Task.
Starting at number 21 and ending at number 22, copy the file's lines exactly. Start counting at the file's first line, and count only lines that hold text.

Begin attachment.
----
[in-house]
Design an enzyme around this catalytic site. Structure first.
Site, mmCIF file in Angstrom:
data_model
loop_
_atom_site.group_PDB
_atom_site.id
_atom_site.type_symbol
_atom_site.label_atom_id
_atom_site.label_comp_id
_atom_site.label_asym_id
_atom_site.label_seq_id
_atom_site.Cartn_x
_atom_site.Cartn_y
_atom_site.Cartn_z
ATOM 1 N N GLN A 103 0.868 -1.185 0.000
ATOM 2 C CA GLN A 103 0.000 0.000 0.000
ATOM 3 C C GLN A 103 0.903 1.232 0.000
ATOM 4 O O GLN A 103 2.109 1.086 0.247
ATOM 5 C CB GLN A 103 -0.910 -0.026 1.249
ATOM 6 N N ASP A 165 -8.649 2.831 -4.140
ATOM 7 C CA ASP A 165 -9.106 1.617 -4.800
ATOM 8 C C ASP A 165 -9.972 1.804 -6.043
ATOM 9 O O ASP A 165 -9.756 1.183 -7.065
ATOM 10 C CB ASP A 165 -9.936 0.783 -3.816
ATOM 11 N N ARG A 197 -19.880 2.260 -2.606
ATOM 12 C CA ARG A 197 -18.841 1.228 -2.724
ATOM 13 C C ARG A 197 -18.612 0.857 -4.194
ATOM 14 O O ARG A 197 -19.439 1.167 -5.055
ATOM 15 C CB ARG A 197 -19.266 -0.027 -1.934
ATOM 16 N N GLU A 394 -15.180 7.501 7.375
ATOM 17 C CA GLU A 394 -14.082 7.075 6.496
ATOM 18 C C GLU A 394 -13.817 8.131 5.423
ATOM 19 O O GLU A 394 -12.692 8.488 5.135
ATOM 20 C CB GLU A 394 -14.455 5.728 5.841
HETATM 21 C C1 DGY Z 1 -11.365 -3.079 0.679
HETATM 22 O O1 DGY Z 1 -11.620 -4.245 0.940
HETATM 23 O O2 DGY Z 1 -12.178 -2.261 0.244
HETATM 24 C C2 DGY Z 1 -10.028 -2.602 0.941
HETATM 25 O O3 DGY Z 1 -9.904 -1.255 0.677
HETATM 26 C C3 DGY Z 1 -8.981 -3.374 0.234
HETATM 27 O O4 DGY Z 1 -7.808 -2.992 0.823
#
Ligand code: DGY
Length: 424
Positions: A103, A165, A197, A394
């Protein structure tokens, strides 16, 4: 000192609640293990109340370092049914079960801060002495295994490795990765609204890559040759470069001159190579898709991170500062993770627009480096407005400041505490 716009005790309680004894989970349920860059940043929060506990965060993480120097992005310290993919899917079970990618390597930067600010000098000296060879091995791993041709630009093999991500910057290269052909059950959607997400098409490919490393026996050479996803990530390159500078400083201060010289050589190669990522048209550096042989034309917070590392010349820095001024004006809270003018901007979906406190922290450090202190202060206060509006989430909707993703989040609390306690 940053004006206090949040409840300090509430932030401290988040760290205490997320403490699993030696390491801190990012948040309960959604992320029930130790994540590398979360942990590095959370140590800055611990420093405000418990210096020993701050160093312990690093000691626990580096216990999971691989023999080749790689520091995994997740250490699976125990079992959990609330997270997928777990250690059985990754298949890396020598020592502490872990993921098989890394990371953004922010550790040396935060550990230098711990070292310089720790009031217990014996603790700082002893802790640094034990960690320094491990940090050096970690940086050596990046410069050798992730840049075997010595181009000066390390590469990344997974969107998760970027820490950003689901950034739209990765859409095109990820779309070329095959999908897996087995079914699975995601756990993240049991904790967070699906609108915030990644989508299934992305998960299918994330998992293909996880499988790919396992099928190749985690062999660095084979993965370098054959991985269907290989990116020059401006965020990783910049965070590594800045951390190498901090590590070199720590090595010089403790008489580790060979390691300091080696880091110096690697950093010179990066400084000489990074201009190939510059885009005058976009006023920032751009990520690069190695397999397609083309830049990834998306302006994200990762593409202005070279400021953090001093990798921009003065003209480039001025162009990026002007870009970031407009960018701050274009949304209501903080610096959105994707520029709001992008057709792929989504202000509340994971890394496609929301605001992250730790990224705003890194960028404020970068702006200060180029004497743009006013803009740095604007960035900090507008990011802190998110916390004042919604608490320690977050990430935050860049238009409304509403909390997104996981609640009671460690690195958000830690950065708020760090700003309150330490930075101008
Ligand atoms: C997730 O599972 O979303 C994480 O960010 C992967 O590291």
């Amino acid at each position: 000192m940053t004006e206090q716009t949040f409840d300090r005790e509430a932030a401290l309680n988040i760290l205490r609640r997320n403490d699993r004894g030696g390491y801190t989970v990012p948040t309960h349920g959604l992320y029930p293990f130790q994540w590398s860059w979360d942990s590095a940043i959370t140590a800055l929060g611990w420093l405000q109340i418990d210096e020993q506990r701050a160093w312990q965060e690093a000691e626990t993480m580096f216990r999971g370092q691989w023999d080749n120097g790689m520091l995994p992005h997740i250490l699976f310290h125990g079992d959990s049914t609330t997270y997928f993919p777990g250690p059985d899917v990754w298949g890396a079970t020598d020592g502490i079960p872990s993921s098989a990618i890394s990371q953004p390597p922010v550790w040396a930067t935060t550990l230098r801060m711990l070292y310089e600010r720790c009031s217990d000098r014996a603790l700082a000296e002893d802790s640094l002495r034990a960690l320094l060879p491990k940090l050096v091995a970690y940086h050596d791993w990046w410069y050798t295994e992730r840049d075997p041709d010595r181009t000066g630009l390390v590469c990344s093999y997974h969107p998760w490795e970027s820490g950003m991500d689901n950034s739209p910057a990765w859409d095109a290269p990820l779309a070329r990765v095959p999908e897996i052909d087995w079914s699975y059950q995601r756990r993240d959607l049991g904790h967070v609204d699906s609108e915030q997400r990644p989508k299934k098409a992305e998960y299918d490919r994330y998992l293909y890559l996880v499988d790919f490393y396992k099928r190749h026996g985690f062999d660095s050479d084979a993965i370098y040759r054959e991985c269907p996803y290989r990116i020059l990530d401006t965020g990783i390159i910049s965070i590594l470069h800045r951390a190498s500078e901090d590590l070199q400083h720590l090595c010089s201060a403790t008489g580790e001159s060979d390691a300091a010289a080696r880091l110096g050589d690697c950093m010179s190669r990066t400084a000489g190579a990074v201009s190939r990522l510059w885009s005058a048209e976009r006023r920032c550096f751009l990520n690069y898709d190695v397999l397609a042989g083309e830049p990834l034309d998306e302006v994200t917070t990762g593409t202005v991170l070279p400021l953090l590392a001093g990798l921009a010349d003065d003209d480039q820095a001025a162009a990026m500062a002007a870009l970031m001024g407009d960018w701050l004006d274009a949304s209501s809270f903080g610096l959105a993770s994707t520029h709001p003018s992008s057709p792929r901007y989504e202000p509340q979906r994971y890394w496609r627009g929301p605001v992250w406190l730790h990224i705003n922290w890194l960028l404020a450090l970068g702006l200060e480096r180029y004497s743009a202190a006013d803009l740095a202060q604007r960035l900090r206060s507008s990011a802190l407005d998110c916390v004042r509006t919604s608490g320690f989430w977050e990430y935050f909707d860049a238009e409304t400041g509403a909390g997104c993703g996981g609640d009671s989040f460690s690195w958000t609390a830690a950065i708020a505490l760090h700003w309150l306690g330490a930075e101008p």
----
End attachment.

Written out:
ATOM 6 N N ASP A 165 -8.649 2.831 -4.140
ATOM 7 C CA ASP A 165 -9.106 1.617 -4.800